What issues are decided in a divorce case?
The main issues decided in a divorce are how to divide property between the parties, whether or not one party will pay maintenance (aka alimony or spousal support) to the other, and if the parties have children, child support and custody/visitation are decided as well.
Property: So how do courts divide property? Courts will distinguish between non-marital (separate) property and marital property. Separate property is not divided, but rather is kept by the party it belongs to. Marital property, on the other hand, is divided the marital property fairly. Illinois is an equitable distribution state. This means courts will divide property fairly, but not always equally, based on a combination of factors the court deems appropriate. Determining what is equitable can be challenging and the valuation and allocation of assets such as businesses, stocks, pensions, and retirement accounts can be tedious. If your main concern is what will happen to your house, see Who gets the House?. If you had an affair during the marriage, this may affect some aspects of your divorce, but it will not affect how the property is divided.
Maintenance: The Court will first decide if alimony will be paid by one party to the other. If the Court determines that alimony is appropriate, then it must decide the amount and duration of the spousal support.
Child Custody/Visitation:Custody/visitation may be decided through mediation if the parties are able to reach an agreement, which is enforceable by the Court. If an enforceable agreement cannot be reached, the Court will determine an appropriate custody/visitation schedule.In Illinois, parents are required to attend a 4 hour parenting education class within 60 days of the first court hearing. For more information on the parenting education class you can contact the local Circuit Clerk’s Office.
Child Support: Child Support is the money the noncustodial parent pays toward the living expenses of their children. Many people want to know how long they will have to pay child support? Support typically terminates when the child turns 18, or 19 if the child has yet to graduate from high school. However, support may continue into adulthood if the child is physically or mentally disabled, Courts sometimes require parents to make financial contributions to help the child with college expenses like tuition, room/board, and books so there is not a bright line rule that once a child turns 18, child support payments end.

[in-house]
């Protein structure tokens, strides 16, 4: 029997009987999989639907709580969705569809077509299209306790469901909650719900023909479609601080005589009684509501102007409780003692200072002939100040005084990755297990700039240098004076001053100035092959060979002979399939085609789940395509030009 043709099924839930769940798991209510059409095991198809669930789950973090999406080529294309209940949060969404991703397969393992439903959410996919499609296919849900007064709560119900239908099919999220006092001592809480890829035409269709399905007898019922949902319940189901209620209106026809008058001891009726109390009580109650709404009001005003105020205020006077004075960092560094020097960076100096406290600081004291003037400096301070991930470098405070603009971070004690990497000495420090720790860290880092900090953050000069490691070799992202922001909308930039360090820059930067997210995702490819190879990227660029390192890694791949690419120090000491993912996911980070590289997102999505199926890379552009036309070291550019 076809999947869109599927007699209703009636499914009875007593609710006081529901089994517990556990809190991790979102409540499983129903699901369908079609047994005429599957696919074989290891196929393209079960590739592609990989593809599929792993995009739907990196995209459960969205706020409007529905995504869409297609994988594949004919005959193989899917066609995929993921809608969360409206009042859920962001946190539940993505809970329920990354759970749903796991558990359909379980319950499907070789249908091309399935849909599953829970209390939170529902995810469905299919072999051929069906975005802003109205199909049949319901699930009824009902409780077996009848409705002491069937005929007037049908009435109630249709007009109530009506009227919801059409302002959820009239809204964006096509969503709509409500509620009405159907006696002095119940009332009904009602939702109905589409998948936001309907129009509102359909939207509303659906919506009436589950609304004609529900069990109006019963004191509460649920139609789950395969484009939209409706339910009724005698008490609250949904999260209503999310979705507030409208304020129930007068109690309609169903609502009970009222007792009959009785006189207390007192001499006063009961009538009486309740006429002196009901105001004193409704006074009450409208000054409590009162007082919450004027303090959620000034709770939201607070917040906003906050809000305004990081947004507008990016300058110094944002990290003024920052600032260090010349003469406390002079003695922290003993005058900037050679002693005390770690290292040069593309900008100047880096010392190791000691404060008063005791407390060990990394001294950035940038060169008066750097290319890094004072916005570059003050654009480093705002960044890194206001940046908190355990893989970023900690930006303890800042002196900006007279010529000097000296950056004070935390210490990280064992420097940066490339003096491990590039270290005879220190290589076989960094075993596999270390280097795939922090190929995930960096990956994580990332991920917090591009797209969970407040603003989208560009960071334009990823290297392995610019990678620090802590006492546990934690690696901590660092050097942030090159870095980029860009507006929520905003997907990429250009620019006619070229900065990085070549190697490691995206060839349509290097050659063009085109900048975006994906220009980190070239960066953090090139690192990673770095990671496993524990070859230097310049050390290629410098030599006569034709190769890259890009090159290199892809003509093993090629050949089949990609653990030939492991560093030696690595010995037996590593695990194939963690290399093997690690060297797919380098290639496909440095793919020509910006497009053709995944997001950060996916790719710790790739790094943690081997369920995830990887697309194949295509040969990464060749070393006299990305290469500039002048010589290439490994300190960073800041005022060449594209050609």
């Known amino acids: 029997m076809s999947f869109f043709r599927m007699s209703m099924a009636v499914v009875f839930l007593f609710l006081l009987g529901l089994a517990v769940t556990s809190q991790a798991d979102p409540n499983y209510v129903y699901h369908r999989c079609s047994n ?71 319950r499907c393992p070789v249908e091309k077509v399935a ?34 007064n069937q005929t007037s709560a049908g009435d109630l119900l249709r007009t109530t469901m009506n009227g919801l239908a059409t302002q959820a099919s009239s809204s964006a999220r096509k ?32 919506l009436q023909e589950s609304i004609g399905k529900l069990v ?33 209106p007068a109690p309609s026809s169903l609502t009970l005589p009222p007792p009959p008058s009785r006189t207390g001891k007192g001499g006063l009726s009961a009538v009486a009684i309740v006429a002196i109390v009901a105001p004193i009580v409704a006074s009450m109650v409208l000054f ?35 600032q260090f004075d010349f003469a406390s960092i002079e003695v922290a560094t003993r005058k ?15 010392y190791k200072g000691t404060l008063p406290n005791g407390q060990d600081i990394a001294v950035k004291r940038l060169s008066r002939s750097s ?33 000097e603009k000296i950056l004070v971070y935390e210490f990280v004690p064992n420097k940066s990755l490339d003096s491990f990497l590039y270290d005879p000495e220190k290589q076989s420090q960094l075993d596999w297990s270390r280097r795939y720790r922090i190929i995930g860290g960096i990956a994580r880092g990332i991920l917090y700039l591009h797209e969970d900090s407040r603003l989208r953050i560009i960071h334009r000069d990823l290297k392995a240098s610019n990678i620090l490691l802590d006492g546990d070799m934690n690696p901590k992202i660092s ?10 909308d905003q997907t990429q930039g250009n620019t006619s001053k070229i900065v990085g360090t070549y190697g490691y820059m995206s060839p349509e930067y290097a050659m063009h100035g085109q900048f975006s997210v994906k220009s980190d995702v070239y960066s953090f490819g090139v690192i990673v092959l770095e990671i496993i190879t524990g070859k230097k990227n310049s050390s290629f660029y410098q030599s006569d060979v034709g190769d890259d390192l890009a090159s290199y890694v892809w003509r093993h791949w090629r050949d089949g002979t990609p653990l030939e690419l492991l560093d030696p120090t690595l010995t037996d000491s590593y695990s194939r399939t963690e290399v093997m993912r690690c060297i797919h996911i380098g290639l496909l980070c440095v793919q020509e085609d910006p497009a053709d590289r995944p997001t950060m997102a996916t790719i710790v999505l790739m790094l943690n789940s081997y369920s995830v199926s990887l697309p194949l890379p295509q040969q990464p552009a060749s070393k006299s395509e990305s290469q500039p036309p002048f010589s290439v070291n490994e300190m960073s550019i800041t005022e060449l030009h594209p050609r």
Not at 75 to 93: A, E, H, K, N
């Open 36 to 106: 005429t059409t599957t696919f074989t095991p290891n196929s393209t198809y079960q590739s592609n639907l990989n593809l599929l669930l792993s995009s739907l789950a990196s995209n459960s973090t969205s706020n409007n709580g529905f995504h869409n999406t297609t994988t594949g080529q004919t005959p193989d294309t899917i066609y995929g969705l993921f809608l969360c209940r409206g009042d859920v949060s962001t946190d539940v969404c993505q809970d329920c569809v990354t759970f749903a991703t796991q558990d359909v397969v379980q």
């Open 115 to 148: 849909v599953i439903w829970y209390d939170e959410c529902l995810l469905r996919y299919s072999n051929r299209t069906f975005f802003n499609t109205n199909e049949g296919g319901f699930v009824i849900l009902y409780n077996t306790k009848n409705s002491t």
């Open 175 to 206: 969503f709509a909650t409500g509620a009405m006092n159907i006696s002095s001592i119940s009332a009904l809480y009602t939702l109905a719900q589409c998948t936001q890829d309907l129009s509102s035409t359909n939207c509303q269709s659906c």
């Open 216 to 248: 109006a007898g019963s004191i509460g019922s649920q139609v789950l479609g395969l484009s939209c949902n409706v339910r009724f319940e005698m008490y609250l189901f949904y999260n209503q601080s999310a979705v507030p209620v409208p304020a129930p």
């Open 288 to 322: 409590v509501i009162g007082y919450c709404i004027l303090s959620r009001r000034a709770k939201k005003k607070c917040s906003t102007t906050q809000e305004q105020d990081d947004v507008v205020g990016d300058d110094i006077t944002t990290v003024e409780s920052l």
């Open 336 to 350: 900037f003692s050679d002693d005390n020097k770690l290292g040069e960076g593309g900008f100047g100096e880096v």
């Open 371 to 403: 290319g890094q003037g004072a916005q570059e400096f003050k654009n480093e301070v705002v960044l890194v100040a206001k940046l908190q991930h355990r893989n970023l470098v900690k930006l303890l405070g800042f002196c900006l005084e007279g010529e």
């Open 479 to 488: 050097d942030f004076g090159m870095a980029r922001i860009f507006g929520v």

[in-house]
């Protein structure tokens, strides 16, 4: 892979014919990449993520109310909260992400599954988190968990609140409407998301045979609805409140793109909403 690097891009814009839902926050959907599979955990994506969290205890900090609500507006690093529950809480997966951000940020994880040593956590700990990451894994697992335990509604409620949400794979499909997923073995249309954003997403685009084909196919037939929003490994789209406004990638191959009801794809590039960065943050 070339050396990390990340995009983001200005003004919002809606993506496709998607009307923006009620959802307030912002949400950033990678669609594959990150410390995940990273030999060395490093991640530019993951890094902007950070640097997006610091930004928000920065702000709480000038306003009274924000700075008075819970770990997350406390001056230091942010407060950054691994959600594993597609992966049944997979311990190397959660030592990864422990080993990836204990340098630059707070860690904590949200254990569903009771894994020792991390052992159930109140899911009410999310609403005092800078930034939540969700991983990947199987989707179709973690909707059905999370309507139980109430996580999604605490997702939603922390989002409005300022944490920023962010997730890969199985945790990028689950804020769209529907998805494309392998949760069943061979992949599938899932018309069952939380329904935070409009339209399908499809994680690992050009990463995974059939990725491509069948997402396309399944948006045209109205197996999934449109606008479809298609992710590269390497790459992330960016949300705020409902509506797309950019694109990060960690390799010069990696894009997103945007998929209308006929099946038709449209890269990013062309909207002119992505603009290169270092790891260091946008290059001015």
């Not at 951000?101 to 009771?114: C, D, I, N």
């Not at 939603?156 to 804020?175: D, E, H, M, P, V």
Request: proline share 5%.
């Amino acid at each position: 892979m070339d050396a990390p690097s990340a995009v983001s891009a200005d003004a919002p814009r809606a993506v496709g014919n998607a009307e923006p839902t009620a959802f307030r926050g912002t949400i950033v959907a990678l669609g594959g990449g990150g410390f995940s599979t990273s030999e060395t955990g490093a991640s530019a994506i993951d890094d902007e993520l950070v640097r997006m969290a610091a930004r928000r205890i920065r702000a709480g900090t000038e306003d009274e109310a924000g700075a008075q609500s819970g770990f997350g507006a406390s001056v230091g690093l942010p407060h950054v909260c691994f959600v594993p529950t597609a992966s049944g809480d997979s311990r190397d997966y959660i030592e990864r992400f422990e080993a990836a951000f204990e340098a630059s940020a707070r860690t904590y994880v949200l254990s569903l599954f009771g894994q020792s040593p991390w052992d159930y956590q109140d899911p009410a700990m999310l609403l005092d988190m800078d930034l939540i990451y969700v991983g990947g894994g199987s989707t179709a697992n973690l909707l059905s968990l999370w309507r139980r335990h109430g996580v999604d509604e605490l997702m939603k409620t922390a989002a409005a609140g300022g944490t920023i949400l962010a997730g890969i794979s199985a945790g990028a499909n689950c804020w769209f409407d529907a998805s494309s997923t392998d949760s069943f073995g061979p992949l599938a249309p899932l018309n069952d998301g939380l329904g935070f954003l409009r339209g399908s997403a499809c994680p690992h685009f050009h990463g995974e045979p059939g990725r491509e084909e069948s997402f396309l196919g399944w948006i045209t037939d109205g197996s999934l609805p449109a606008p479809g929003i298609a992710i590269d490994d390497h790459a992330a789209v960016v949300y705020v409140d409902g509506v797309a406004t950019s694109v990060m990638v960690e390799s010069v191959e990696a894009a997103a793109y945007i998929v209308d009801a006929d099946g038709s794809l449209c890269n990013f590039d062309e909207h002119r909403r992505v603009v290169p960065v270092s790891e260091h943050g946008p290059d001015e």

The intent of this Blog is to provide general information and should not be construed as legal advice. Koth, Gregory & Nieminski, P.C. does not represent/guarantee that the information in this Blog is current and the information is provided as is without any representation/warranty as to whether the information is current and without any representation/warranty as to applicability, reliability, merchantability, fitness, non-infringement, result, or any other matter. The existence of the blog, receipt of its information, and/or comments/questions do NOT create an attorney-client relationship between Koth, Gregory & Nieminski, P.C. or any of its attorneys. Please do not send Koth, Gregory & Nieminski, P.C. any confidential material or information. Viewers of this Blog should NOT act/refrain from acting based on information contained in this blog and Koth, Gregory & Nieminski, P.C. expressly disclaims all liability for actions/failures to act based on this Blog.
Koth, Gregory & Nieminski Law Firm